kutsuwamushi: (FAIL)
This story is just...

So a (white) security guard at a college campus:
  • Brought his own gun to work because he decided that he should be armed
  • Accidentally shot himself with this gun
  • Made up a black male shooter to explain it

It's a small story, in the scheme of things - but doesn't it just encapsulate so many things that are wrong with the U.S. Also, I hope people point at laugh at his pathetic ass for years to come.
kutsuwamushi: from a Married to the Sea Comic (edumacation)
Via BoingBoing:
"Unlike the "modern math" theorists, who believe that mathematics is a creation of man and thus arbitrary and relative, A Beka Book teaches that the laws of mathematics are a creation of God and thus absolute....A Beka Book provides attractive, legible, and workable traditional mathematics texts that are not burdened with modern theories such as set theory." — ABeka.com
A Beka is a textbook company that services the fundie education market. And they dislike set theory. The BoingBoing post goes into just what it is about set theory that pisses the fundie set off, and it is both interesting and horrifying.
kutsuwamushi: photo of Fever Ray being all goth (serious face)
An interesting blog post about being a Muslim in politics, sparked by Bachmann's most recent attempts to stir up hate.


Mar. 14th, 2012 07:39 pm
kutsuwamushi: (Default)
Apparently, Paypal decided to forbid people from using its services to buy or sell dirty books.

Apparently, Paypal has now reversed that decision, for the most part - but will still forbid "obscene" images.

I missed this entirely. That's what I get for not reading my friends list, I suppose.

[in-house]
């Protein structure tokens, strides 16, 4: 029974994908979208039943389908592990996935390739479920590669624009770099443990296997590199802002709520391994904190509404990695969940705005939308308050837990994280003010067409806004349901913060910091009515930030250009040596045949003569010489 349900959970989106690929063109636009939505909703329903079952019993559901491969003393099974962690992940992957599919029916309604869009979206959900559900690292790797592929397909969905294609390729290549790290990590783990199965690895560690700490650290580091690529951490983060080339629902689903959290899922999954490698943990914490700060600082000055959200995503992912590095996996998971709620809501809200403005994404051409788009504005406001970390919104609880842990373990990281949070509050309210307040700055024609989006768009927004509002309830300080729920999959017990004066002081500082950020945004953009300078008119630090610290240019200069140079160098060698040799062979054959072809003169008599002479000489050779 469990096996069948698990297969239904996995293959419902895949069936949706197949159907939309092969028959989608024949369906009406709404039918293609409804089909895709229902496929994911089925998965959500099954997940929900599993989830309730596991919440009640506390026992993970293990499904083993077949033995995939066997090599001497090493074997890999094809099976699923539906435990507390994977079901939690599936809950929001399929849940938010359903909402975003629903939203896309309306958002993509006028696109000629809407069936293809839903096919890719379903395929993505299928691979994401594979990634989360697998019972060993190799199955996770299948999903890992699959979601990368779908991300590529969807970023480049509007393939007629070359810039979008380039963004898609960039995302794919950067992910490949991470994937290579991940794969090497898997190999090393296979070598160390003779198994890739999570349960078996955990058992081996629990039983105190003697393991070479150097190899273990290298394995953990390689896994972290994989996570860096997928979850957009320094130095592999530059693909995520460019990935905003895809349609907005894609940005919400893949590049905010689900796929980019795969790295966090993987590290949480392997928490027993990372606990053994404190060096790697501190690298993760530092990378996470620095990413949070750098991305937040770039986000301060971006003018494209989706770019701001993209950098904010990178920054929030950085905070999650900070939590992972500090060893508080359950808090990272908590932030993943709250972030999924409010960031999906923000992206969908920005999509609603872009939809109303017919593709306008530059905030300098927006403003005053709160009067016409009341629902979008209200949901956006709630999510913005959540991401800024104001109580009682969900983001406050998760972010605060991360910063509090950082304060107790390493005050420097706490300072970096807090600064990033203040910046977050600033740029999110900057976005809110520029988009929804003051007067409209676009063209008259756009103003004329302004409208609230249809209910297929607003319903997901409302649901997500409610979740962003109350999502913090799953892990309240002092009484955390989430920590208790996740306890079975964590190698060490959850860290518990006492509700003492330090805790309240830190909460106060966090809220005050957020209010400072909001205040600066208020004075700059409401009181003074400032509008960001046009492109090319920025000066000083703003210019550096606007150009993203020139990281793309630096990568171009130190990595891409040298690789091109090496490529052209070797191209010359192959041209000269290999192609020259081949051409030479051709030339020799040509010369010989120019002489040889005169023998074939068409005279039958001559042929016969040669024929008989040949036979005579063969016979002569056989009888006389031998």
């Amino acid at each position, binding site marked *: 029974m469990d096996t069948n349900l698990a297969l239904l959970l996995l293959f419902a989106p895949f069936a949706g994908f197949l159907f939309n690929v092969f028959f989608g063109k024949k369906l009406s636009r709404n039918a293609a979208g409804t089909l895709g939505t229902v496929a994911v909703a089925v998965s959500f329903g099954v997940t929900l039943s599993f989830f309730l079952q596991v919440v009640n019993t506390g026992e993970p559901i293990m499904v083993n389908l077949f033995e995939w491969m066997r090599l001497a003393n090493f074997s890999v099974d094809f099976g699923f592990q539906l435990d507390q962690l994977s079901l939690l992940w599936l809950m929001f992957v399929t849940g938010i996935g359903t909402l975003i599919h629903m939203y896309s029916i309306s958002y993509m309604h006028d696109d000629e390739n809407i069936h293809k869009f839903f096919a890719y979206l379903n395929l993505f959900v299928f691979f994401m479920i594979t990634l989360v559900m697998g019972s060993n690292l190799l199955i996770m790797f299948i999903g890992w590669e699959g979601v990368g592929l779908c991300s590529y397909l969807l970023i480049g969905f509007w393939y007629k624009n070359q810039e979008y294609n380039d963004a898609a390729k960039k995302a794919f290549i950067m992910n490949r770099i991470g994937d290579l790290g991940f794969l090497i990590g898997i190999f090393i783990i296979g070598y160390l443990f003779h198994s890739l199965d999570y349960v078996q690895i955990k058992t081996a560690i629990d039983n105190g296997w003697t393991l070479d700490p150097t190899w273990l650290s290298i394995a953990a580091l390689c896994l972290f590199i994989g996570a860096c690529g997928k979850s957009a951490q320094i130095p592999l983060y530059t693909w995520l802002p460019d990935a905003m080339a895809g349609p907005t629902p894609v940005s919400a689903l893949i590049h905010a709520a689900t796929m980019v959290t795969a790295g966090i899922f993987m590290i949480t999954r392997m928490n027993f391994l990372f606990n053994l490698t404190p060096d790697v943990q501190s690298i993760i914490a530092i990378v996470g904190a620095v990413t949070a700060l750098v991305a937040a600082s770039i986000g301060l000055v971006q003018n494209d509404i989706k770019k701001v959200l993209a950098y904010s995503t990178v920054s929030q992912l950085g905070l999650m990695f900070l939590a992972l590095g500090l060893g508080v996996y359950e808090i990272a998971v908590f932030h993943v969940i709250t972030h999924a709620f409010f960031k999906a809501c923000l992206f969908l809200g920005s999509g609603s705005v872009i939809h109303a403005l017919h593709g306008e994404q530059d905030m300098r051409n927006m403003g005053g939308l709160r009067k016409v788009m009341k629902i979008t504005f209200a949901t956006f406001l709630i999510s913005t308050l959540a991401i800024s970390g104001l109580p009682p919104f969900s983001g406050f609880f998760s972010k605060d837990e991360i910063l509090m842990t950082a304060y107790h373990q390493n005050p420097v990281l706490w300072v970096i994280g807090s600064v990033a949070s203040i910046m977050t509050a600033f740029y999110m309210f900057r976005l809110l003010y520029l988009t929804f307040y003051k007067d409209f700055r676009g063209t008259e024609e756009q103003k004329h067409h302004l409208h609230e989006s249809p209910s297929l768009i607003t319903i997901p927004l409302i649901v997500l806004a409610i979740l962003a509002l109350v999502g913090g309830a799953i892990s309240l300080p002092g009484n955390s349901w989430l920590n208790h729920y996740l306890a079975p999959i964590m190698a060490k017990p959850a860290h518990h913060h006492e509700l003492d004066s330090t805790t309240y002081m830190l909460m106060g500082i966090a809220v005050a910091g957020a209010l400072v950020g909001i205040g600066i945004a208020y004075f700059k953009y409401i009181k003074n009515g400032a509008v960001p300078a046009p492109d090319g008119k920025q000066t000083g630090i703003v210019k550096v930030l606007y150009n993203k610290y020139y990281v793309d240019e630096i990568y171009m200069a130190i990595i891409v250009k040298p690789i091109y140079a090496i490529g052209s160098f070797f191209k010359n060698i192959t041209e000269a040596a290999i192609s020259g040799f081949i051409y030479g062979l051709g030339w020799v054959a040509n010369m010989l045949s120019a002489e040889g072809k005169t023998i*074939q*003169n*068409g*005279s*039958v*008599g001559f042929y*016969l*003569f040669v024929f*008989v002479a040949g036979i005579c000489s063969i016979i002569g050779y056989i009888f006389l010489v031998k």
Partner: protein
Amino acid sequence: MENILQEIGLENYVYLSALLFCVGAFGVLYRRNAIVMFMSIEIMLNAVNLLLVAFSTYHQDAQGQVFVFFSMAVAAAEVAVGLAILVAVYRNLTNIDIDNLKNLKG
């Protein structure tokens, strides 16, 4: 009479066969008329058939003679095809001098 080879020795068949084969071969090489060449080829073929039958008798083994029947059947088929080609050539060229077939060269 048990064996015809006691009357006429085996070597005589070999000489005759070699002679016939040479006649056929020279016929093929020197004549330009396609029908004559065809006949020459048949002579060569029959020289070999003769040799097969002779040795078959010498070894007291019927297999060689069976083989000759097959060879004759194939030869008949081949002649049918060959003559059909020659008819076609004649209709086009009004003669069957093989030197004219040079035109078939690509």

This wouldn't have affected me much; I don't use Paypal to start with. But in a broader sense, when one company has the ability to basically shut down small internet publishers with a change of policy, that does affect me. Our reliance on private companies for the technology and services that drive the internet means that free speech online is in a weird place.

This is just a couple days after I ran across yet another story of PayPal arbitrarily shutting someone down on Regretsy. Regretsy itself has an interest in this kind of story because of PayPal's shutting their charitable drive down.


Aug. 22nd, 2010 12:42 pm
kutsuwamushi: (korra)
Cleaning out my bookmarks.

Photographs of Kaiping. Most photos in this flickr set are of diaolou, residential towers built by wealthy Chinese who needed protection against bandits--and to show of their status. They're fascinating; many were built in the early part of the 20th century by merchants who had business abroad, and have a lot of Western influences. It's also interesting how the builders took the largely horizontal layout of traditional Chinese dwellings and made it vertical.

Neda Lives An article about another Neda, whose life was thrown into chaos because she had a similar name. Neda Agha-Soltan died, and Neda Soltani was eventually forced to leave the country.

Monkeys hate flying squirrels, report monkey-annoyance experts

Mila's Daydreams. Photographer has baby and lots of time.

Professor Newt's Distorted History Lesson. The medieval history blog, Got Medieval, takes on some of the misrepresentations of history being used to argue against the "ground zero mosque."

Colonialism, Soap, and the Cleansing Metaphor. Sociological images has some old advertisements for soap.